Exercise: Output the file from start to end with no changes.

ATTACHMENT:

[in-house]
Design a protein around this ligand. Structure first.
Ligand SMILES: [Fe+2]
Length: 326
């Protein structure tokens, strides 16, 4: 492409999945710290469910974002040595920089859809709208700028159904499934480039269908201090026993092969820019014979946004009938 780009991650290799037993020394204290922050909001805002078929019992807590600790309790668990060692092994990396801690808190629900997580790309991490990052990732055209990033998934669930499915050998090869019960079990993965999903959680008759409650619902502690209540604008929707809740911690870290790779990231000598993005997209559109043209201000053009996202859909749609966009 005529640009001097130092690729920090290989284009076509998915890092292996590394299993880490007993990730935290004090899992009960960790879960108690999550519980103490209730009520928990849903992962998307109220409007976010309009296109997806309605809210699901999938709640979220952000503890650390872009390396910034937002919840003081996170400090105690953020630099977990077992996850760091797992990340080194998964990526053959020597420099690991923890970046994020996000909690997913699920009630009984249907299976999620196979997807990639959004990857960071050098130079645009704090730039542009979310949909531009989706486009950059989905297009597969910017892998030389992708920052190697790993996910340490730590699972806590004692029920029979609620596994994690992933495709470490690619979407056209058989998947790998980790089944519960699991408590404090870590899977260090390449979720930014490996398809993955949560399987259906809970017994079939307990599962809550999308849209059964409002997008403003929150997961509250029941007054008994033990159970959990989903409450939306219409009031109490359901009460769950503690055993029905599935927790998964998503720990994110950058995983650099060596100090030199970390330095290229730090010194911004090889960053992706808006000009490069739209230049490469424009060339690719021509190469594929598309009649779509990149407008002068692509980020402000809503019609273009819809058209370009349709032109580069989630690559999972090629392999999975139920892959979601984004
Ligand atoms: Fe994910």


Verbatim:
[in-house]
Design a protein around this ligand. Structure first.
Ligand SMILES: [Fe+2]
Length: 326
């Protein structure tokens, strides 16, 4: 492409999945710290469910974002040595920089859809709208700028159904499934480039269908201090026993092969820019014979946004009938 780009991650290799037993020394204290922050909001805002078929019992807590600790309790668990060692092994990396801690808190629900997580790309991490990052990732055209990033998934669930499915050998090869019960079990993965999903959680008759409650619902502690209540604008929707809740911690870290790779990231000598993005997209559109043209201000053009996202859909749609966009 005529640009001097130092690729920090290989284009076509998915890092292996590394299993880490007993990730935290004090899992009960960790879960108690999550519980103490209730009520928990849903992962998307109220409007976010309009296109997806309605809210699901999938709640979220952000503890650390872009390396910034937002919840003081996170400090105690953020630099977990077992996850760091797992990340080194998964990526053959020597420099690991923890970046994020996000909690997913699920009630009984249907299976999620196979997807990639959004990857960071050098130079645009704090730039542009979310949909531009989706486009950059989905297009597969910017892998030389992708920052190697790993996910340490730590699972806590004692029920029979609620596994994690992933495709470490690619979407056209058989998947790998980790089944519960699991408590404090870590899977260090390449979720930014490996398809993955949560399987259906809970017994079939307990599962809550999308849209059964409002997008403003929150997961509250029941007054008994033990159970959990989903409450939306219409009031109490359901009460769950503690055993029905599935927790998964998503720990994110950058995983650099060596100090030199970390330095290229730090010194911004090889960053992706808006000009490069739209230049490469424009060339690719021509190469594929598309009649779509990149407008002068692509980020402000809503019609273009819809058209370009349709032109580069989630690559999972090629392999999975139920892959979601984004
Ligand atoms: Fe994910």